Teens are struggling. Suicide rates are rising. Self-harm is increasing. Black youth are committing suicide at double the rate of 15 years ago, girls are twice as likely to experience serious mental health symptom as boys, and almost half of LGBTQ+ youth have seriously considered suicide in the past year. Over half of teens surveyed reported emotional abuse in their homes, and 1 in 10 reported physical abuse. This is astounding and disturbing.
What’s feeding this?
- Increased isolation with the pandemic moved young people further into social media to connect. The reduction in “in real life” relationships along with the inevitable comparisons to curated and polished social media presences are eroding youth confidence and self-esteem.
- Societal issues. Racism, classism, climate issues, and socioeconomic factors are glaring. Teens experience hopelessness and a resignation about the future.
- Academic demands. Schools continue to ratchet up the expectations and students who pursue college educations are experiencing heightened competition to get into college, along with the stress about financing their degree.
- Reduced access to mental health care. With the increased need, the already inadequate supply of mental health professionals has been stretched too thin. Even when parents and caregivers notice a problem and seek help, they are frequently unable to find effective care.
What can we do?
- Be present. We are all busy and our presence matters. Make sure you spend meaningful time with the teens in your life. Make eye contact, listen, and engage. The most important conversations often occur in the least likely places: driving somewhere, sitting together at a meal, playing cards. Make space for this to happen.
- Let adolescents know that the way they feel make sense. Before jumping in to problem solve, just sit with the reality of their experience and validate it. “It’s understandable that you’re overwhelmed given…”.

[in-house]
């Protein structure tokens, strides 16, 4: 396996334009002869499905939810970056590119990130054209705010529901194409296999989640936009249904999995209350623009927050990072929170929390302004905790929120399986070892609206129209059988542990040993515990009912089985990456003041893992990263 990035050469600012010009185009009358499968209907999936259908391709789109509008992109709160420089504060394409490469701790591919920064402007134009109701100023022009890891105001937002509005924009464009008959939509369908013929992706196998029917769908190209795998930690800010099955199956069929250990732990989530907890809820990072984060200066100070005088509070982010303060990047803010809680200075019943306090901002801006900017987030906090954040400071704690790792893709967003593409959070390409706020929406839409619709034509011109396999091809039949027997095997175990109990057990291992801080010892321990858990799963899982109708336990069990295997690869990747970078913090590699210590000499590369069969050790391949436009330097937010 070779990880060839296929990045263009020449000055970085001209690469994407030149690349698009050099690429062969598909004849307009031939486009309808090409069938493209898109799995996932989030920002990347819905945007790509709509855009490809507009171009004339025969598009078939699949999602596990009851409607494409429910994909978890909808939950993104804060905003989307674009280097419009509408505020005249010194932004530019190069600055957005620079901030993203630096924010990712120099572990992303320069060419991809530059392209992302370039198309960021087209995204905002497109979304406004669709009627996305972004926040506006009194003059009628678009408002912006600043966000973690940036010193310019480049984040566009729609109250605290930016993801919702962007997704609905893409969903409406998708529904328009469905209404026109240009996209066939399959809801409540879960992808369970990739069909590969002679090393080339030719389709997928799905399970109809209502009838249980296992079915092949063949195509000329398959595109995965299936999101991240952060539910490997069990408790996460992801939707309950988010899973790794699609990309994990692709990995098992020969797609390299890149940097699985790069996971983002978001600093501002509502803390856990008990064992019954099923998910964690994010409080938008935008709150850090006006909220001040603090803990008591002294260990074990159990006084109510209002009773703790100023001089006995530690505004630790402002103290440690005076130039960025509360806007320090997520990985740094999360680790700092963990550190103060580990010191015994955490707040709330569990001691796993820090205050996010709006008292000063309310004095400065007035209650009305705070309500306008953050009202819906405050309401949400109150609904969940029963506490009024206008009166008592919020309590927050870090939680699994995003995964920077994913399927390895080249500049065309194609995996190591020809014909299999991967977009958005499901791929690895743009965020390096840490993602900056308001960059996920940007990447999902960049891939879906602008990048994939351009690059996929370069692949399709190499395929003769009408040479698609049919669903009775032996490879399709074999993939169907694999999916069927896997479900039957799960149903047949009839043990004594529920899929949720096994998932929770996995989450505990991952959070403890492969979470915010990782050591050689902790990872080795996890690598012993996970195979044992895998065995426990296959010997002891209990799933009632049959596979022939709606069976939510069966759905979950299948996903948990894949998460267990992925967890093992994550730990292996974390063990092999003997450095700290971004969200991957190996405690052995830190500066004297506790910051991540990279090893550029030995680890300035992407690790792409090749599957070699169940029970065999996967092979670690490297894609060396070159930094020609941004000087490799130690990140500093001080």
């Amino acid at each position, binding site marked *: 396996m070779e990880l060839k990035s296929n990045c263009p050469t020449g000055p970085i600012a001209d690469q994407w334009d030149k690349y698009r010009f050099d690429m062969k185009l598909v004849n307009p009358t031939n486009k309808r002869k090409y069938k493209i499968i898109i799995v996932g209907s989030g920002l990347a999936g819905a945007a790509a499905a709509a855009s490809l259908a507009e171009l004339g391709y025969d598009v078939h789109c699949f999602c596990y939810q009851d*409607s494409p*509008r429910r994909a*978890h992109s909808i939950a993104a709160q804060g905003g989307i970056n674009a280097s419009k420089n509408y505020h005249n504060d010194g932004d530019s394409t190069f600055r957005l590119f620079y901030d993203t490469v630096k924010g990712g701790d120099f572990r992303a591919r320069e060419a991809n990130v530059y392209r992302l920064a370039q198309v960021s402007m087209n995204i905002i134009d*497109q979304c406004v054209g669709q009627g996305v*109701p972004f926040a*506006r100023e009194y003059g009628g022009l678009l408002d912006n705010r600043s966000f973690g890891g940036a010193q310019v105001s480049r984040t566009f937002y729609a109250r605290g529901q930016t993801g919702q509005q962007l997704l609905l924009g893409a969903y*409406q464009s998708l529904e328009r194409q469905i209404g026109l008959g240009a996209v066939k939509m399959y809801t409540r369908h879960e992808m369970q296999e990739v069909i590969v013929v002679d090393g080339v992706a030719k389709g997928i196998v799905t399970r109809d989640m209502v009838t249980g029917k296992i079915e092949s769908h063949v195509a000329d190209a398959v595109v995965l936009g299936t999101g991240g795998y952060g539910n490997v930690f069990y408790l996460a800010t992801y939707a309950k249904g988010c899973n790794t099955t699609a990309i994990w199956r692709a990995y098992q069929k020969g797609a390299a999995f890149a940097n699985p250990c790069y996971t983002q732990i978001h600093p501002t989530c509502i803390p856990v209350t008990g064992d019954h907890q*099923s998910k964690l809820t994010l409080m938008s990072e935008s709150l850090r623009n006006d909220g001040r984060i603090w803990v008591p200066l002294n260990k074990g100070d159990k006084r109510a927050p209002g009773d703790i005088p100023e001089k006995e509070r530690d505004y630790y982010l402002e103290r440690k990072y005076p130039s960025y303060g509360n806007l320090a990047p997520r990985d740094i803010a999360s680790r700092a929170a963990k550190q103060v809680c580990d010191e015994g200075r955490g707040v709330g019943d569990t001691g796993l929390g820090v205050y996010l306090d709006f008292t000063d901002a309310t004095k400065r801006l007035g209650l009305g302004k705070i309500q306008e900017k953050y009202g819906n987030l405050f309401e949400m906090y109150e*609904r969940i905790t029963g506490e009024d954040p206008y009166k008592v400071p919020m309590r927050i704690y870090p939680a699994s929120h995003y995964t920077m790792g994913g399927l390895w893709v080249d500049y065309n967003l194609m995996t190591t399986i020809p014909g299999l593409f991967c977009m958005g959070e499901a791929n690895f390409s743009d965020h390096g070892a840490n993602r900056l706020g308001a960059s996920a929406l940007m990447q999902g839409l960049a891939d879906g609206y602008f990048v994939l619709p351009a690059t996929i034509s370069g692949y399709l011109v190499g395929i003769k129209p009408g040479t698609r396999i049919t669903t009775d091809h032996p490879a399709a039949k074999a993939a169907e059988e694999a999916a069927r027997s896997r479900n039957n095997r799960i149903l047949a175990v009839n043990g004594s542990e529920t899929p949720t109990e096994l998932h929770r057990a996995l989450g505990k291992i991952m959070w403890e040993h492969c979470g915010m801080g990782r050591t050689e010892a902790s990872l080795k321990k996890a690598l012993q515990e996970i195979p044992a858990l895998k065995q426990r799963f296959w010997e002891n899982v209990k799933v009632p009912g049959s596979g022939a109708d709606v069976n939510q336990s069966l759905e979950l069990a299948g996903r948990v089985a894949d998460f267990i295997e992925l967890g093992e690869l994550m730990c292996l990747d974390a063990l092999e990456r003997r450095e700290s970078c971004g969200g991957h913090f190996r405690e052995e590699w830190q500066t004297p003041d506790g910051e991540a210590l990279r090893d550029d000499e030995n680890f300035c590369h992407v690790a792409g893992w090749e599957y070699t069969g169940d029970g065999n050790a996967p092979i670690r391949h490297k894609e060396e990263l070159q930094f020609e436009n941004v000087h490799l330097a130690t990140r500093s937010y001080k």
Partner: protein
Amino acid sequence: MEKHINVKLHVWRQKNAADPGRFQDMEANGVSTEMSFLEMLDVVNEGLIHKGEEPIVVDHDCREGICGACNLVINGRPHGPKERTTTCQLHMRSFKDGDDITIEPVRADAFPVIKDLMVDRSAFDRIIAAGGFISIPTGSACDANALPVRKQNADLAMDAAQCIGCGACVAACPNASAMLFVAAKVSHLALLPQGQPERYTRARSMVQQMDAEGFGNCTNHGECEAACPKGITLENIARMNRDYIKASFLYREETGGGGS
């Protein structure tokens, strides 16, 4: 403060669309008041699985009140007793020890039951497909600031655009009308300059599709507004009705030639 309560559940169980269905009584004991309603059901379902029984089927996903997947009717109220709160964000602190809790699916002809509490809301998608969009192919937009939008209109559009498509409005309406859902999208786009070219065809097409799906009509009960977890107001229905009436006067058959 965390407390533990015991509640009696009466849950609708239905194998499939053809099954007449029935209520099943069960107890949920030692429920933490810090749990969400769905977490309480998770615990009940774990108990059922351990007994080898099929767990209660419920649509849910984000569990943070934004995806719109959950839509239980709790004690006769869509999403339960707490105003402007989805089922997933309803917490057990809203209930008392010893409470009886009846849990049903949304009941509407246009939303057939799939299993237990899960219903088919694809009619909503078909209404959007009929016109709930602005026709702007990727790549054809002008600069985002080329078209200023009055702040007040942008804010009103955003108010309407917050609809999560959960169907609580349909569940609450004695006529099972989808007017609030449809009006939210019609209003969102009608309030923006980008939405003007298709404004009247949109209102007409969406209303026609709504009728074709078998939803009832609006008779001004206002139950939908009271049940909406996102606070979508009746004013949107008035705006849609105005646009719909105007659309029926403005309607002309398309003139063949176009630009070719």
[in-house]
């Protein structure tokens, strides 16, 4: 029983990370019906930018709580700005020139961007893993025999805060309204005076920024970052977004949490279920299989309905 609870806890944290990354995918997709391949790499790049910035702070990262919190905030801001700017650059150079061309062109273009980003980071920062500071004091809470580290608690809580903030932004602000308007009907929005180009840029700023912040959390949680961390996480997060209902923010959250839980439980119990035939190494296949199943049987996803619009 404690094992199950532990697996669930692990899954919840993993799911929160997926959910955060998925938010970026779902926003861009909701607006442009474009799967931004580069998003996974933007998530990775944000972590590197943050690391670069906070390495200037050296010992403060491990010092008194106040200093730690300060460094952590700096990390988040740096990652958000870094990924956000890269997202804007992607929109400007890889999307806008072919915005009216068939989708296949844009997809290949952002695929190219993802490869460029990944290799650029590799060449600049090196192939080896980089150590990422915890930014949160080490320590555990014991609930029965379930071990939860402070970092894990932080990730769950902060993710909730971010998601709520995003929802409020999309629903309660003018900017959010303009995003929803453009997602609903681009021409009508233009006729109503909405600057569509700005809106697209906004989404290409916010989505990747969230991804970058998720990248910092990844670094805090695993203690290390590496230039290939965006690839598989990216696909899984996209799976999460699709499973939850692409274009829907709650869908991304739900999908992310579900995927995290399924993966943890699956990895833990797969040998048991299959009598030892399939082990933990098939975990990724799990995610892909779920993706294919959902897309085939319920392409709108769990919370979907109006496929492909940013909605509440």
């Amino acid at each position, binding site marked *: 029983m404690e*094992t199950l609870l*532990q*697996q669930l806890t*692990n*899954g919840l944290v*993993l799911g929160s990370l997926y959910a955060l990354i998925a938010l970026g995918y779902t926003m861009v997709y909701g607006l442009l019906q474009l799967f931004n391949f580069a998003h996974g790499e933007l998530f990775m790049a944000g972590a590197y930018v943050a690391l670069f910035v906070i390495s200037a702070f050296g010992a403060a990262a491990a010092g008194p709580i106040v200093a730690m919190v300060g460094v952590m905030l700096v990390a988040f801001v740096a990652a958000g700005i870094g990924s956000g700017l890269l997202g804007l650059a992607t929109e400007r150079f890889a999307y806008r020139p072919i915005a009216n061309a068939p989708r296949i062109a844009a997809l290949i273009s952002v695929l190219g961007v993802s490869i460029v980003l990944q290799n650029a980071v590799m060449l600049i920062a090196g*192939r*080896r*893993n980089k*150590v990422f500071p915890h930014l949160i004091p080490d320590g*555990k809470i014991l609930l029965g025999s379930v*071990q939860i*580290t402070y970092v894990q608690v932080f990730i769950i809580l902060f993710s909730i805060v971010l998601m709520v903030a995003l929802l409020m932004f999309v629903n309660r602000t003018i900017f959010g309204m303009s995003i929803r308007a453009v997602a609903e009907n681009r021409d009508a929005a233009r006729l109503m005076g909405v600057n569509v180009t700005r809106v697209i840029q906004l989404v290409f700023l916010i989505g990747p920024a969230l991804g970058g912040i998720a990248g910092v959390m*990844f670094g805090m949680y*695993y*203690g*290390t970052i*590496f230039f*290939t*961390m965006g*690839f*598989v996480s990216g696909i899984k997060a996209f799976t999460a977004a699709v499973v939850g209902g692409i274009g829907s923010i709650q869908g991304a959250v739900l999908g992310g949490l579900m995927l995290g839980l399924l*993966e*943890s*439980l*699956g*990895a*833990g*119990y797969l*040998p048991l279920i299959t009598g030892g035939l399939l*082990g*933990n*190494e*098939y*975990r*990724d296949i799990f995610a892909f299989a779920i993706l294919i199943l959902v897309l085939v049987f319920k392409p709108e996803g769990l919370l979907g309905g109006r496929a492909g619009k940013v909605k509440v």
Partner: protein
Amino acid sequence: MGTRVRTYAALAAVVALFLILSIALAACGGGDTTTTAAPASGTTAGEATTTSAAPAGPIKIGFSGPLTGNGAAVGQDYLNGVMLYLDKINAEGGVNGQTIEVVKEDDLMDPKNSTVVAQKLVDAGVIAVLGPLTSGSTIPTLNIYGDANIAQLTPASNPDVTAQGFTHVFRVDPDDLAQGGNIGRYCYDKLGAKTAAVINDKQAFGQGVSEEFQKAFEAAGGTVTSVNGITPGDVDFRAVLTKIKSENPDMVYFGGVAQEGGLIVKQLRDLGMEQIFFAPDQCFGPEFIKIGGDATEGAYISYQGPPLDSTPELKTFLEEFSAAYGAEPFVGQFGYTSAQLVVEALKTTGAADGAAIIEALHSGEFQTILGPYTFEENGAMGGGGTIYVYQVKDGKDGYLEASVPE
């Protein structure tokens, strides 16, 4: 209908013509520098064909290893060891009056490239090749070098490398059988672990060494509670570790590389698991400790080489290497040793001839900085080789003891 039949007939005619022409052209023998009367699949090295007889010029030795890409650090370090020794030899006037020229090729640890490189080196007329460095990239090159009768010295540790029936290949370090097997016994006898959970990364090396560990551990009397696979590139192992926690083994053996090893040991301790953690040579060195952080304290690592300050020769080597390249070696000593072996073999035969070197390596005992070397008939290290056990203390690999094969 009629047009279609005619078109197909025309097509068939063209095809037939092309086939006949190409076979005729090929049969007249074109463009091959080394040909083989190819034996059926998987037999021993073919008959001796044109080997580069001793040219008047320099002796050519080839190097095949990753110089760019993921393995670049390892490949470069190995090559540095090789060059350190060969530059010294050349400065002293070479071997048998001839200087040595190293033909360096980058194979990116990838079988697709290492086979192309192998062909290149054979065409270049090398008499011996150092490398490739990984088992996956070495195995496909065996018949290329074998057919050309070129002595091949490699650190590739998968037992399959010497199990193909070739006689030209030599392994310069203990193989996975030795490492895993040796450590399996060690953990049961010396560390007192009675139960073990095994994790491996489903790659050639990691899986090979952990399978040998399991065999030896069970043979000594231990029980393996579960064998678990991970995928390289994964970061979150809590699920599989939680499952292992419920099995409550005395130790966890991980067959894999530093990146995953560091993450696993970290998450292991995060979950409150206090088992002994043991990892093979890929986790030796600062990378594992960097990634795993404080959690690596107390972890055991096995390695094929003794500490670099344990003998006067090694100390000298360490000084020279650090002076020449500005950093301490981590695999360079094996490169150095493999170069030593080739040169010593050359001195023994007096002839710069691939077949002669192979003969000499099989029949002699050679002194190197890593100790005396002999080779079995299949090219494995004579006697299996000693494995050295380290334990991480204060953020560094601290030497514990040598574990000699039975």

- Talk about and model mental health. Put mental health on your radar and talk about it often. Signal to the kids in your life that you are open to these discussions and that you are alert to mental health challenges. Use your own behavior as well as discussions to teach how to manage mental health effectively. Kids are not systematically taught these skills in school. We must fill in the gap.
- Ask directly about suicide and self-harm. Don’t let the awkwardness of the question stop you. Most young people will acknowledge these symptoms and are looking for another solution to their problems.
- When mental health care is needed, get to work. Persist in seeking adequate care. The poorly staffed mental health industry is hard to navigate, and adult determination and support is often necessary.
- Openly discuss social media risks. Speak to the comparing, the needs to belong and be liked, and point out how social media both exploits and distorts these needs. Warn about the risks of sexting and let your teens know you will always be there to support and love them.
Teens are carrying a heavy load and mental health is suffering. Adults make a difference in the lives of adolescents. Teens need us. Let’s do what works!